• Abstract: Joel S. Migdal revisits the approach U.S. officials have adopted toward the Middle East since World War II, which paid scant attention to tectonic shifts in the region. After the war, the United States did not restrict its strategic model to the Middle East. Beginning with Harry S. Truman, American presidents applied a uniform strategy rooted in the country's Cold War experience in Europe to regions across the globe, designed to project America into nearly every corner of the world while limiting costs and overreach. The approach was simple: find a local power that could play Great Britain's role in Europe after the war, sharing the burden of exercising power, and establish a security alliance along the lines of NATO. Yet regional changes following the creation of Israel, the Free Officers Coup in Egypt, the rise of Arab nationalism from 1948 to 1952, and, later, the Iranian Revolution and the Egypt-Israel peace treaty in 1979 complicated this project. Migdal shows how insufficient attention to these key transformations led to a series of missteps and misconceptions in the twentieth century. With the Arab uprisings of 2009 through 2011 prompting another major shift, Migdal sees an opportunity for the United States to deploy a new, more workable strategy, and he concludes with a plan for gaining a stable foothold in the region.
  • Topic: Foreign Policy, NATO, Cold War, Islam
  • Political Geography: Middle East
  • Publication Identifier: 9780231536349
  • Publication Identifier Type: ISBN
  • Author: Lorenzo Vidino
  • Publication Date: 02-2013
  • Content Type: Book
  • Institution: Foreign Policy Research Institute
  • Abstract: Few observers foresaw the Arab Spring, but it should not have surprised anyone that the Islamist movements - the most organized movements in the Arab world - became the main beneficiaries of the turmoil that ensued. Islamism, in its gradualist and pragmatic approach embodied by the Muslim Brotherhood and its offshoots worldwide, seems ready to reap the rewards of its three decades-old decision to abandon violence and focus on grassroots activities. This monumental change has created many concerns among liberals, religious minorities and, more generally, all non-Islamists in the countries where Islamists have won. In addition, Arab states ruled by non-Islamist regimes have expressed concern. The former worry that Islamist ideology - even in its more contemporary, pragmatic form - remains deeply divisive and anti-democratic, often at odds with their values and interests. The latter believe that on foreign policy issues, most of the positions of various Brotherhood-inspired parties are on a collision course with the policies of established regimes in the region.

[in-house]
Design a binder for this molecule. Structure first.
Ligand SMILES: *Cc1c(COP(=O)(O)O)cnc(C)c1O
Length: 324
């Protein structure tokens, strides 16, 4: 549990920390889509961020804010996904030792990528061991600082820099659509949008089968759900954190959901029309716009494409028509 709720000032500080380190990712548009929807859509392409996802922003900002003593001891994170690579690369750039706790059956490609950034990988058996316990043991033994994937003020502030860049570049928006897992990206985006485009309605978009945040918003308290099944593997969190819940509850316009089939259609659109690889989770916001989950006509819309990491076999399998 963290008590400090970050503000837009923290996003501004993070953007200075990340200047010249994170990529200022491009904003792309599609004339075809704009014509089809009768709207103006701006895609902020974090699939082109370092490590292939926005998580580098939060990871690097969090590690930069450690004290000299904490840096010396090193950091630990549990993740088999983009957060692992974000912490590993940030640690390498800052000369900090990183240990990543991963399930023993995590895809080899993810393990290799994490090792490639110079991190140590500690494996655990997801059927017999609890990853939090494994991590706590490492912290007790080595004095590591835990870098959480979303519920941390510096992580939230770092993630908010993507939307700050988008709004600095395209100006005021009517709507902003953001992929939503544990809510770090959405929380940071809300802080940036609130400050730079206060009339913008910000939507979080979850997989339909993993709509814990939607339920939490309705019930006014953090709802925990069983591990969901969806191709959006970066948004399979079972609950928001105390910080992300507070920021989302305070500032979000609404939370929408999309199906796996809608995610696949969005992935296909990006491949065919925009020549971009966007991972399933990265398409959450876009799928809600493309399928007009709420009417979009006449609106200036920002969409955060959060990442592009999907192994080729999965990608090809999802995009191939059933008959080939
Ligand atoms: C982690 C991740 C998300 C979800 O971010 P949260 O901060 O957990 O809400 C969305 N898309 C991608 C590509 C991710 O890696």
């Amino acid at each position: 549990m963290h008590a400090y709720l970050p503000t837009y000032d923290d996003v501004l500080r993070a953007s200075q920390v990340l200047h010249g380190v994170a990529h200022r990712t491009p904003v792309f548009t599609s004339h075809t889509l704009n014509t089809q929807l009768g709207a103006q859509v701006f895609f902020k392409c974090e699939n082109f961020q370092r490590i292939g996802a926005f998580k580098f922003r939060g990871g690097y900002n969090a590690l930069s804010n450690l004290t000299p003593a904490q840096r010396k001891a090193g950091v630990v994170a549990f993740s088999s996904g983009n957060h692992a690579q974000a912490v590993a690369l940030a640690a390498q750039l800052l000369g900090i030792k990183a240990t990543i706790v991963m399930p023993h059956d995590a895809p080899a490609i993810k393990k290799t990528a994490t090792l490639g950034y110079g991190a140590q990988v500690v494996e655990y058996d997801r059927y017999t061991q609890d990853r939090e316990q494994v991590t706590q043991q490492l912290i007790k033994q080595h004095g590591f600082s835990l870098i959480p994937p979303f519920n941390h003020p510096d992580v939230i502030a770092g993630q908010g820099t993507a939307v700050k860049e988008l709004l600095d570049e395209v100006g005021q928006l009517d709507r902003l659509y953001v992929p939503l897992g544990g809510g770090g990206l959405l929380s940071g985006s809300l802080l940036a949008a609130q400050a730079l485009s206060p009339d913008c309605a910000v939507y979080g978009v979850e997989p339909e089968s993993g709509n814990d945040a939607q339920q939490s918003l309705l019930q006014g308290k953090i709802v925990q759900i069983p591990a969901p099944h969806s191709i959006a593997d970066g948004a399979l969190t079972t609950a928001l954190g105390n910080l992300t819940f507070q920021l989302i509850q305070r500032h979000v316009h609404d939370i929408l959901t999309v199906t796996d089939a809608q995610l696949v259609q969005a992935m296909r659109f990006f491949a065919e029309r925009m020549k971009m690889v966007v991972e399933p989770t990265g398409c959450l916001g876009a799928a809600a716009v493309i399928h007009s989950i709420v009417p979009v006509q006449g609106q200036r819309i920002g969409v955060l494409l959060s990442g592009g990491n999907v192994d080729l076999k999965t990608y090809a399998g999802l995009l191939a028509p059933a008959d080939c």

• Topic: Foreign Policy, Political Violence, Islam, Self Determination, Political Activism, Elections, Democracy
  • Political Geography: Middle East, Egypt
  • Author: Hans Mouritzen (ed), Nanna Hvidt (ed)
  • Publication Date: 06-2012
  • Content Type: Book
  • Institution: Danish Institute for International Studies
  • Abstract: The Permanent Secretary of State for Foreign Affairs analyses Danish foreign-policy priorities in 2011. The troublesome situation for the global econ-omy, including an uncertain outlook for the future, was the most impor-tant backdrop for Danish foreign policy in that year. Low growth prospects, combined with high levels of public debt, had wide foreign-policy implica-tions, amongst other things for the agenda of the EU and as a result also for the preparations for the Danish EU Presidency in the first half of 2012. This article therefore takes its point of departure in the state of the global economy, the state of the European economies and the challenges that this presented to the EU. It then goes on to discuss the emerging world powers, the Arab Spring, the world's conflict areas, security policy, Denmark's north-ern neighbours and various global issues, such as development cooperation, green growth and human rights. Finally, some reflections are offered on the core tasks of the Danish Ministry of Foreign Affairs at a time when there is increased pressure on Denmark's public finances and the world influence of Denmark's traditional partners and allies is waning.
  • Topic: Foreign Policy, Defense Policy, Diplomacy
  • Political Geography: Afghanistan, Europe, Middle East, Asia, Arab Countries, Denmark, North Africa